Plants on the Moon?

Zoe Raste

Recently, China has been expanding its space program. The nation has only recently gotten into world-class space exploration, but they are already performing ground-breaking work. On January 3, 2019, the Chinese probe Chang’e-4 was the first probe to land on the far side of the moon, or, thanks to the Pink Floyd Song, the “Dark Side of the Moon.” In fact, the Chang’e-4 landed in the moon’s oldest and deepest crater which can lead scientists to understand the evolution and origins of the moon. It also may be rich in minerals, possibly giving China an advantage in lunar minerals if that becomes a new industry.

This is a picture of the Chang’e-4 on the far side of the moon.

As well as being the first probe to land on the far side of the moon, China’s Chang’e-4 was the first to perform biological experiments on the moon. In other words, the Chang’e-4 grew plants on the moon. A mini-biosphere was sent with the Chang’e-4 to the moon which included cotton seeds, potato-like vegetable seeds, rapeseed (a type of flower), and fruit-fly eggs. On January 7th, 2019, China released pictures of the cotton seeds actually sprouting and beginning to grow. However, a little more than a week later, the plants were reported dead. Despite the controlled environment in the biosphere, the harsh lunar characteristics killed the growing plants. The low gravity, high radiation, and extreme temperatures are not opportune for life. The temperature specifically killed the budding cotton. The moon’s temperature can fluctuate from about -250℉ at night to 250℉ during the day. The biosphere was powered with solar power, and due to the moon’s peculiar two-week night, the container lost power, subjecting the plants to extremely low temperatures, killing them.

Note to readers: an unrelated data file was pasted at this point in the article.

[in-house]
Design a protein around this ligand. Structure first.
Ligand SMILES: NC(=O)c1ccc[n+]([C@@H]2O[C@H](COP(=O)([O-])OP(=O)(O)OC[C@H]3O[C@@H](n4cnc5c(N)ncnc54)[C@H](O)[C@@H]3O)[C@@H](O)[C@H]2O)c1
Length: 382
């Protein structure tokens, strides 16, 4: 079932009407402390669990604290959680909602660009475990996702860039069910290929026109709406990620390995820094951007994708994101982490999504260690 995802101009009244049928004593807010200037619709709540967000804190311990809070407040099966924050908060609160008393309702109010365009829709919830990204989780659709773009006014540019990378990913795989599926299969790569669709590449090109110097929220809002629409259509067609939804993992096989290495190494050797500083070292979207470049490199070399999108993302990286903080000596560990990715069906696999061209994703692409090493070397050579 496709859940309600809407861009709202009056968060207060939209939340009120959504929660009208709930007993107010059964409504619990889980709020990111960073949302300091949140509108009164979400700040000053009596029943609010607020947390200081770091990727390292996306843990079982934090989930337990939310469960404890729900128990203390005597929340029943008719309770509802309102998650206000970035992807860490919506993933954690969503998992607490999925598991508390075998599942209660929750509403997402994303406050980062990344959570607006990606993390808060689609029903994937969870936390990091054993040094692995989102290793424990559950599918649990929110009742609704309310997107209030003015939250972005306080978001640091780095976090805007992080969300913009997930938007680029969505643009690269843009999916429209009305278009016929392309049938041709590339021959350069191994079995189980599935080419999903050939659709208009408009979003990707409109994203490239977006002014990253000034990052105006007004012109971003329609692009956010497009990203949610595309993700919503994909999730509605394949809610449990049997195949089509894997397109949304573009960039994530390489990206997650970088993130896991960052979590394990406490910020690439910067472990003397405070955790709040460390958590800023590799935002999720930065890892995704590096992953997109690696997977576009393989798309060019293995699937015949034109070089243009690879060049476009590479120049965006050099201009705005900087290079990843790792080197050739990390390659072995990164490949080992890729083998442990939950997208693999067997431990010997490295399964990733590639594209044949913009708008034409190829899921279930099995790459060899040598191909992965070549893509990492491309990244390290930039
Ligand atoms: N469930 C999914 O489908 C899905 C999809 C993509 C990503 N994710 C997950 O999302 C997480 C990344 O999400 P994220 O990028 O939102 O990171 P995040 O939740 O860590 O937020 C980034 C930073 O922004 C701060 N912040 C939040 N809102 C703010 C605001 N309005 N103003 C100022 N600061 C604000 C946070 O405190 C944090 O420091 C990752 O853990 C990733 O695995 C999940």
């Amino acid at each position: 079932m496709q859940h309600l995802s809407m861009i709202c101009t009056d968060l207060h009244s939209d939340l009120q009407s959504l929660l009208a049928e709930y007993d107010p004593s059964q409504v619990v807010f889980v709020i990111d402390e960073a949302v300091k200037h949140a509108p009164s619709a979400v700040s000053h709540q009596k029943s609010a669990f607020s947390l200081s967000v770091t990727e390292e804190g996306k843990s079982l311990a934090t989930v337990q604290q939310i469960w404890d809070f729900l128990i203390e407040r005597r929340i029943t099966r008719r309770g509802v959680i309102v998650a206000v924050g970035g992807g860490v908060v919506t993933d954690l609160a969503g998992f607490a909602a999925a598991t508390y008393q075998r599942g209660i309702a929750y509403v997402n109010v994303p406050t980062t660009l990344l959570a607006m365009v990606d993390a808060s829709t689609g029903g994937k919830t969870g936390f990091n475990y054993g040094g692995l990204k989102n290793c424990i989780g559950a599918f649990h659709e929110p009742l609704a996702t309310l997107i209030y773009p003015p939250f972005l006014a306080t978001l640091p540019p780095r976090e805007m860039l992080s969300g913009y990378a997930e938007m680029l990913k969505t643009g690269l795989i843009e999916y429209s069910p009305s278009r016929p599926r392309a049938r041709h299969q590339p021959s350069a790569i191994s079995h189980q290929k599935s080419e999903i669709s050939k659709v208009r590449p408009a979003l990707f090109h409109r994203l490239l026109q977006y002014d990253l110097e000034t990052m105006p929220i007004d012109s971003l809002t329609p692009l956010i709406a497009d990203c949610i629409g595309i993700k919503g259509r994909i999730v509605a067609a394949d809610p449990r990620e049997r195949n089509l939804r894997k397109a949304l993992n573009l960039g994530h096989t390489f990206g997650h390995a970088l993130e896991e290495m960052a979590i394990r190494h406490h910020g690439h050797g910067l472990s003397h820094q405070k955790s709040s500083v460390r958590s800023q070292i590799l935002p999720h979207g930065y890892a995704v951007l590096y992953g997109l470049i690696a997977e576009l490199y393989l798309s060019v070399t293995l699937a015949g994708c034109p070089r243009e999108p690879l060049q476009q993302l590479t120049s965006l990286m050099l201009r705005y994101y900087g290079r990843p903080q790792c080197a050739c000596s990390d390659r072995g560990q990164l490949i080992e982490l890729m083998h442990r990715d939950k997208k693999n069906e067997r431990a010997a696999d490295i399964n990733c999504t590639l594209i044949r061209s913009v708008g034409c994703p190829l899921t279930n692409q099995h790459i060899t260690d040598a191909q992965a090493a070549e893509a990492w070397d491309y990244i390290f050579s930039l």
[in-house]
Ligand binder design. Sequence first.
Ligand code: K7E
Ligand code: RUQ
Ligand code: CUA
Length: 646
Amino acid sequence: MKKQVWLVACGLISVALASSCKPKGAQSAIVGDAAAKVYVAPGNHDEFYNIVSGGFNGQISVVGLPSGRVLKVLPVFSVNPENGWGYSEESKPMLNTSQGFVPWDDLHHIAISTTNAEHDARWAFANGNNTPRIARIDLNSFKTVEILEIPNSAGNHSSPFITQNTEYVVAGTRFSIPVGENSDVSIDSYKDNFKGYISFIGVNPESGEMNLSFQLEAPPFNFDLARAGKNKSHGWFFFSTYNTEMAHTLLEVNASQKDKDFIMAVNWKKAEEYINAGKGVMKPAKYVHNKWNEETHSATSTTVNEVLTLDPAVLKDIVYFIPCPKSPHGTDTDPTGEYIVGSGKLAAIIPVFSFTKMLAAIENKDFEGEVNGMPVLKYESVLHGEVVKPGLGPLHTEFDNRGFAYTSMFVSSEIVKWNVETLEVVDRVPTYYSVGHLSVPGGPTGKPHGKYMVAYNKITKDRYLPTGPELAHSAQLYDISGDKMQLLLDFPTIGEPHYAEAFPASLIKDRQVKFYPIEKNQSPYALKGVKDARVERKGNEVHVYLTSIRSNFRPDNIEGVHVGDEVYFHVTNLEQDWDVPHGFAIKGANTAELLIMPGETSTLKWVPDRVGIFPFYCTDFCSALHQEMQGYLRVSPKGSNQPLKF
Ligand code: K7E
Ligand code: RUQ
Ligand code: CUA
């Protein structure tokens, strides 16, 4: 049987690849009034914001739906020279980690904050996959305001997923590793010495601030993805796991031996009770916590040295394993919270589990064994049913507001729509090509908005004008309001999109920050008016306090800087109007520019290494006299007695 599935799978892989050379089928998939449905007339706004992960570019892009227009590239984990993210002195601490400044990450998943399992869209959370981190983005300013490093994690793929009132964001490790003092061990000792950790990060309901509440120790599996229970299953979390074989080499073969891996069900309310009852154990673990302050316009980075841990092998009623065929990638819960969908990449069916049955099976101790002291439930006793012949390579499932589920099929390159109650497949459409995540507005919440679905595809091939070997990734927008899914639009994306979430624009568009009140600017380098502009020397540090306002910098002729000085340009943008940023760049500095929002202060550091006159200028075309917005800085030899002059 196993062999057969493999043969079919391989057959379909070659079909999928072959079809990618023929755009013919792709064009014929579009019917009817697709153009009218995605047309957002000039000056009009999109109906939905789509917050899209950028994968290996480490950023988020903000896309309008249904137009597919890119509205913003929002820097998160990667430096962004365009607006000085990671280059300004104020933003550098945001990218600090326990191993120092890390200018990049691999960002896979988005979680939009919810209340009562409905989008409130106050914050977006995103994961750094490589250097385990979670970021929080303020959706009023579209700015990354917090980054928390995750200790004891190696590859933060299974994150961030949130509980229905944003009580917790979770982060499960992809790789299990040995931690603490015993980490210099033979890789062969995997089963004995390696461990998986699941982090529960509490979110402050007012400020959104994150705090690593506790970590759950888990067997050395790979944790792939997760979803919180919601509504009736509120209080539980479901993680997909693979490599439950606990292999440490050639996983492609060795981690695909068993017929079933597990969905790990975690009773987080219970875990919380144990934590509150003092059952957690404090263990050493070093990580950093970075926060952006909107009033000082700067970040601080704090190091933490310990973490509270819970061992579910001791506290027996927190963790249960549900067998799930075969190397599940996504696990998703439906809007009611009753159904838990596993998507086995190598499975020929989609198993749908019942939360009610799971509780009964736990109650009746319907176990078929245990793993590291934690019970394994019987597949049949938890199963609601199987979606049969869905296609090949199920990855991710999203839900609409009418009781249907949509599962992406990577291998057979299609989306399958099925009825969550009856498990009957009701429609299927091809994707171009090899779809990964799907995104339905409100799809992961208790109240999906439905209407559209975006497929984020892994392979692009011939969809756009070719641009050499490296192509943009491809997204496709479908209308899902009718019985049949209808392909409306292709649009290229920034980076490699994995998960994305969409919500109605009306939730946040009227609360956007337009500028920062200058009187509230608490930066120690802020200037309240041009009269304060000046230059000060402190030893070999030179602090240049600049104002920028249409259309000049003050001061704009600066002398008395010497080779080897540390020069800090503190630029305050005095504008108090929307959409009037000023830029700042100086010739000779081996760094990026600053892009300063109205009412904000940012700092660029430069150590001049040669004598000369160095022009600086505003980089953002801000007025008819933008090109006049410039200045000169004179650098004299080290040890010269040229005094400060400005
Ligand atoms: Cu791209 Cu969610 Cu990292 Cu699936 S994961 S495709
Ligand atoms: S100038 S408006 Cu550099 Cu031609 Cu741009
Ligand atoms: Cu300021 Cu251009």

A picture of cotton plants growing in the Chang’e-4’s biosphere on Jan. 7th

Overall, China’s recent achievements have opened up the door for further space exploration. Specifically, China’s experiments have been designed to try and find the perfect conditions to create colonies on the moon, which China hopes to accomplish by the late 2020s. An exciting new space age is upon us, one that will push the boundaries of science as we know it.

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